A nugget of Big Medicine every day. #70 Men with guns
Men with guns are seldom rational.
I knew something was wrong the moment he came into the store. It was just a few days before Christmas and while it was cold outside on the streets it wasn’t cold enough to justify wearing a full face ski mask.
He was wearing a long black coat and he was in a rush to get to the cash. He pushed past the one person standing between him and me and then he was standing in front of me. He reached down into one pocket and pulled out an enormous .45 calibre handgun and pointed it right at my face. With the other hand he gave me a pillow case. “Give me the money. All of it. No tricks. No alarms. Now.”
He had no way of knowing the police had already been called. One of my colleagues had seen him come in and had slipped into the storage room to call for help.
I carefully followed his demands. I dumped the cash from the till into the pillow case. Every single cent of change, too. All totaled there was less than $400 and I was hoping that would be enough.
There was no further comment from the gunman. He grabbed the pillow case, turned and ran out the front door. There would be no escape. The police were waiting for him on the street with their guns drawn. He went down on his knees and then kissed the pavement with his chin as his arms were drawn back and placed in cuffs.
Men with guns are seldom rational, part 2.
Several years later I had an encounter with a man with two guns – one large calibre handgun in each hand. He insisted he just wanted to talk as he strode purposefully towards my friend and I in a parking lot. We casually stepped backwards and kept our distance as if somehow by walking backwards we would be able to mysteriously outpace a bullet fired from a gun.
“Stop moving away from me. I won’t hurt you. I only want to talk to you,” he said as he continued walking with his arms outstretched and a gun pointing at each of our midsections.
We opted for the turn and sprint and headed into the hallways of Morlan Hall. He followed us into the building and was going door-to-door searching for us when the State Police arrived. He was arrested, cuffed and then had his head bounced off the roof of a patrol car on the way down into the caged back seat. DSAF. Did Society A Favor.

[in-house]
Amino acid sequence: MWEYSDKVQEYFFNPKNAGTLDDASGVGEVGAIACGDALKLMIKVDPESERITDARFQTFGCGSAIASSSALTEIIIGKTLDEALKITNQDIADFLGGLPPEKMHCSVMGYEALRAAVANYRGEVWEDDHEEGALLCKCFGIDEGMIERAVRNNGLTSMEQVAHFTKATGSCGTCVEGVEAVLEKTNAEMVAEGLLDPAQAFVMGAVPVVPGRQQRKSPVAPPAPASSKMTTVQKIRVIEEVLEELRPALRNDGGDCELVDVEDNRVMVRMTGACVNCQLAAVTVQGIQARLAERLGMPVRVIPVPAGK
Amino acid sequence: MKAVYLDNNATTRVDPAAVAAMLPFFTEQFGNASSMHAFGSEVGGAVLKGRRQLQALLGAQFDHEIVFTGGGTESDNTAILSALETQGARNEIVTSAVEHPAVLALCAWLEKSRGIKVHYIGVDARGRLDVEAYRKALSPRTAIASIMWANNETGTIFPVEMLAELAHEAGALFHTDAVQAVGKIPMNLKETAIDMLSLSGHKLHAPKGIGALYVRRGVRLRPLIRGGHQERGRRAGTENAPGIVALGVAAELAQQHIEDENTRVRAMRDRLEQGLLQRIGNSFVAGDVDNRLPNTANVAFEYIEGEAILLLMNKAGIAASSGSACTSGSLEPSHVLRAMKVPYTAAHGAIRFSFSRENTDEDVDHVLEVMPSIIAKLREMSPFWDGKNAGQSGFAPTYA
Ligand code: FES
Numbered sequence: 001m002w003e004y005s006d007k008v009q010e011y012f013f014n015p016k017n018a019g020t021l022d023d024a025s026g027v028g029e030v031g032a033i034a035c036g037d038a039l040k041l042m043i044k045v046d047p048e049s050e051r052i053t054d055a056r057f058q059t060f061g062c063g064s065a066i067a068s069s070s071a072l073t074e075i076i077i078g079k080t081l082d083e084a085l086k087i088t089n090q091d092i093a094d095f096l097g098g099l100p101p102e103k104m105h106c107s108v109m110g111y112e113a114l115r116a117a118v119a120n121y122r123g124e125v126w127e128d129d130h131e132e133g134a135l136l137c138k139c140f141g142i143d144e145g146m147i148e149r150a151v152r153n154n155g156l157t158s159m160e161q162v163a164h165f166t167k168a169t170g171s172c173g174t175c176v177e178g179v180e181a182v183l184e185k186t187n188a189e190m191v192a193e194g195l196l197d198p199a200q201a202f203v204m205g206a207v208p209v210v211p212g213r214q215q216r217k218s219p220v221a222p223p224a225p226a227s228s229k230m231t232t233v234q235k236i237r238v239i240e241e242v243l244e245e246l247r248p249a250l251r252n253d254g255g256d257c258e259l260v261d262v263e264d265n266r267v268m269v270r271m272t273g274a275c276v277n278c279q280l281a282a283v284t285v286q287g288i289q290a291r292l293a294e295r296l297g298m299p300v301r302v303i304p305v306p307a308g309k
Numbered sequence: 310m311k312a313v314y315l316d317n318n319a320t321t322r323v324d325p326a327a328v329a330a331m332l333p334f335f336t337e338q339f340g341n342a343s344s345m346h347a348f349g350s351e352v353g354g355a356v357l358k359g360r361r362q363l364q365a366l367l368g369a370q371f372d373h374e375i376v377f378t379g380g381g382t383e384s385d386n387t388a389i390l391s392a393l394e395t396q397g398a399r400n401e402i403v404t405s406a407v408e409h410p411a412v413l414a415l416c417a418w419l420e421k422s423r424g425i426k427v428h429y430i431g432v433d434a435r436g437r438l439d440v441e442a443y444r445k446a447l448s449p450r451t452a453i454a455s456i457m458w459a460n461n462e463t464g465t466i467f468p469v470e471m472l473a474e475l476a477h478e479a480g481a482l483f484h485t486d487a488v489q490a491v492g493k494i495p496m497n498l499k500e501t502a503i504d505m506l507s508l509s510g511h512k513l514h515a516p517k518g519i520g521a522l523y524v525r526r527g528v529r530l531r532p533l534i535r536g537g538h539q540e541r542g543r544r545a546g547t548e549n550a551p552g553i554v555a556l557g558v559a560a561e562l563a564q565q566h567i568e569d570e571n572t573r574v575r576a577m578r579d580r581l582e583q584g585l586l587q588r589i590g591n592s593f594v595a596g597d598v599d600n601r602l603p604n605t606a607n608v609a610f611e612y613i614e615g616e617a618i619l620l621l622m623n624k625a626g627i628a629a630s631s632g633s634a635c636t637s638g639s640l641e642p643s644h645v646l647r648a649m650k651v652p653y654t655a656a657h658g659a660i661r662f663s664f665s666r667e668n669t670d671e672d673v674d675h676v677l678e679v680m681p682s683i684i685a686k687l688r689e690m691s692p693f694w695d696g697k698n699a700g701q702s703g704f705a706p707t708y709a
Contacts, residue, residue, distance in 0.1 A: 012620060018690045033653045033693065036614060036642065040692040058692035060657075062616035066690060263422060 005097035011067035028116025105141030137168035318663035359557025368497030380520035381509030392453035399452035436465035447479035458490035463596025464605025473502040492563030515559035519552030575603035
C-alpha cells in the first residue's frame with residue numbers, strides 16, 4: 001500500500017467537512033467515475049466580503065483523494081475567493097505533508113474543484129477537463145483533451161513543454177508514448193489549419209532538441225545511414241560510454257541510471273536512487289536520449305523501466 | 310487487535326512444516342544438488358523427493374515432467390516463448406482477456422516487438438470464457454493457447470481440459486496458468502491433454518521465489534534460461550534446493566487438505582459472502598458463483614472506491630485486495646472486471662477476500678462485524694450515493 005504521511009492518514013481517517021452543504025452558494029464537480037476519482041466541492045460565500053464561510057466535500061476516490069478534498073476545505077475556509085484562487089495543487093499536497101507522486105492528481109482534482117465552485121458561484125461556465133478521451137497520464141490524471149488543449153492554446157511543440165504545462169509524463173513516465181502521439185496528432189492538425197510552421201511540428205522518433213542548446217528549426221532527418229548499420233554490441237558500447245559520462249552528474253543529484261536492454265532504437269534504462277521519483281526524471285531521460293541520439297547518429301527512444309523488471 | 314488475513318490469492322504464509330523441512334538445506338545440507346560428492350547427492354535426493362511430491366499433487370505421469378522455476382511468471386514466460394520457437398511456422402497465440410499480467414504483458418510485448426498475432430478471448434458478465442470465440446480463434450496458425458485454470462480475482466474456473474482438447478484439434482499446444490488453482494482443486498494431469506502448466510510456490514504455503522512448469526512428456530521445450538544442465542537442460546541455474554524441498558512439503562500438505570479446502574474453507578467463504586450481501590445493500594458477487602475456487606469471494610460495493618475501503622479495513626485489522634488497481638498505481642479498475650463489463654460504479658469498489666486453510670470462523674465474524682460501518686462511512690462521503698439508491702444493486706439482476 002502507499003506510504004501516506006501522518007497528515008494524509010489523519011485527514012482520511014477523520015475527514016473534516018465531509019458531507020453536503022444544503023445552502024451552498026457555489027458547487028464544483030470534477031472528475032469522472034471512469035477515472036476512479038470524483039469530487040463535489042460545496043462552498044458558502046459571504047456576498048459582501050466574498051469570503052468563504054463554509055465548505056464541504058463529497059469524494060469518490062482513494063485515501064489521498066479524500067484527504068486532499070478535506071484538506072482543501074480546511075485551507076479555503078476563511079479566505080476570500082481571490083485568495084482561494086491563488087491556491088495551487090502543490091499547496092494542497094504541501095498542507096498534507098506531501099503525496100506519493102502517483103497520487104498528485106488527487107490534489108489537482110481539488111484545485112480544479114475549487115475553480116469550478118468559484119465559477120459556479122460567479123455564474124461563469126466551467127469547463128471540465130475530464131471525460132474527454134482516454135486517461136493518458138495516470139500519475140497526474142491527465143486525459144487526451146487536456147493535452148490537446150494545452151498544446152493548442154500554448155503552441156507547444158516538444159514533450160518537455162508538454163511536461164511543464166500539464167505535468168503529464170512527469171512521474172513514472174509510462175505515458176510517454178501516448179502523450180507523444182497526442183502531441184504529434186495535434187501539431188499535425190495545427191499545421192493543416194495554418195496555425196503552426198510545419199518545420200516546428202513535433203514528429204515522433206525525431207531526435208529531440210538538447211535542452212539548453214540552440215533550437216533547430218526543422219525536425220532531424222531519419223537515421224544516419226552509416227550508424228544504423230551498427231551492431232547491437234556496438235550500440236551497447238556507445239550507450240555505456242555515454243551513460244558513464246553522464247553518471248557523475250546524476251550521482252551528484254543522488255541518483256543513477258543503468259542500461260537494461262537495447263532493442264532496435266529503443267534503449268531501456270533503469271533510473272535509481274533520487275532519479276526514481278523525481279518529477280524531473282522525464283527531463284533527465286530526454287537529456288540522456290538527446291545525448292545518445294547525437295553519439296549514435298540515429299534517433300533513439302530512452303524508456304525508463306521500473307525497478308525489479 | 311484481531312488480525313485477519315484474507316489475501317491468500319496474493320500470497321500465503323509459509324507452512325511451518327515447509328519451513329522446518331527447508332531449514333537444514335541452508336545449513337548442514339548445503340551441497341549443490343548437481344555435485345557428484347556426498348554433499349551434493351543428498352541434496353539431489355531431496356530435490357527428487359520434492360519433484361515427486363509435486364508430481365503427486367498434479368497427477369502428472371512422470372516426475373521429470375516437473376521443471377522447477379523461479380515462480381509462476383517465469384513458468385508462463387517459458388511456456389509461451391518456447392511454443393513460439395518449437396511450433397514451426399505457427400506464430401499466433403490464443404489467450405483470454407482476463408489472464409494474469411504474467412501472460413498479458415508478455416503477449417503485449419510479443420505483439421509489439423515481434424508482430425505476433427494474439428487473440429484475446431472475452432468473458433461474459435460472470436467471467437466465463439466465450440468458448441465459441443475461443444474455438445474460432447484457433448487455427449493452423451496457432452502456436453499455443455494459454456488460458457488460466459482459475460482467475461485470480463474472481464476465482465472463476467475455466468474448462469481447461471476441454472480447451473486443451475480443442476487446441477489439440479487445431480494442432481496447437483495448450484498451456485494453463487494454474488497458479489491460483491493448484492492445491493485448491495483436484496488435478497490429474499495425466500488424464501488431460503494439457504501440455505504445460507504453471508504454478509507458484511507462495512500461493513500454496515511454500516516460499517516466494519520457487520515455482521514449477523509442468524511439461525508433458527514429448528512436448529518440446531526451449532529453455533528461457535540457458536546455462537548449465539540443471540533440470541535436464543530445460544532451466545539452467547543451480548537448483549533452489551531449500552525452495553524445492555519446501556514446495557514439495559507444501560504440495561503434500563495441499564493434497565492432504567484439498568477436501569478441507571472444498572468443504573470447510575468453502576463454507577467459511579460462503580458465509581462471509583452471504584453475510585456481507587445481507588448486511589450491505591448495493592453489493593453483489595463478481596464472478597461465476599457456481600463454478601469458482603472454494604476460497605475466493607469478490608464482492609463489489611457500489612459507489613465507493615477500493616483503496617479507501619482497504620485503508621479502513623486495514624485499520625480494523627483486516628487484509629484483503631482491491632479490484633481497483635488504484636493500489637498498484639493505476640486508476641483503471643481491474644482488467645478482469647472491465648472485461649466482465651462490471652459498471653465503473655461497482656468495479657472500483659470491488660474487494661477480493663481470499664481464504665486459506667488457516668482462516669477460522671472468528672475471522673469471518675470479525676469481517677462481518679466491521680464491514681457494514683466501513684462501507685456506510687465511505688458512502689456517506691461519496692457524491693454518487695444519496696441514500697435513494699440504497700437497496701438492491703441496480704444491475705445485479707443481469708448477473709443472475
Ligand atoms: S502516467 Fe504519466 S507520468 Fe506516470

Men with guns are seldom rational, part 3.
We went out trolling for trauma and for our sins we found it. Medic 18 rolled on an undetermined call in their first-due district. We were bored so we went out in our district and began shading over towards 18’s running territory.
The man had an assault rifle and he used it to terrorize a neighborhood. What likely started as a domestic violence call exploded out onto the streets and into the backyards of a quiet part of the world on what had been a very quiet day.
The man with the AK-47 ran headlong into the police tactical team. His shooting spree ended with a steel-jacketed round to the forehead. The bullet traveled right through his head and out the other side. Oddly enough, he wasn’t killed instantly. And so he became our patient. We transported him to the ER.
Upon arrival, we delivered the patient history to the triage nurse who stepped up to look at the patient, screamed, and then collapsed. The man with the gun was her father.
Men with guns are seldom rational, part 4
On the evening of Sunday, March 29, 1981 I attended a reception at the Washington Hilton Hotel in the District of Columbia. There were several top US officials in attendance and I took lots of pictures, impressed and overwhelmed by the proximity of such powerful political players.
The next afternoon, as President Reagan left the very same hotel, John Hinckley, Jr. opened fire with a handgun from very close range – striking the President of the United States and seriously wounding three other members of his entourage.
The same feelings of shock, outrage and sadness were with me late last night after another man with a gun opened fire during Quebec Premier Pauline Marois’ victory speech. One man was killed, another critically wounded, and a third treated for shock. Thankfully, Premier Marois escaped injury.
The gunman was captured by police at the scene. He was wearing a ski mask and a bathrobe and carrying two guns – one of which apparently jammed before he could do any further harm.
One Quebecois journalist, Bruno Savard summed up the events of the evening with an extraordinarily sad Tweet: “One killed, eight million wounded. Everyone in Quebec affected/ Un mort et 8 millions de blessés. Tout le québec est atteint.”
Thanks for your consideration.
Be well. Practice big medicine.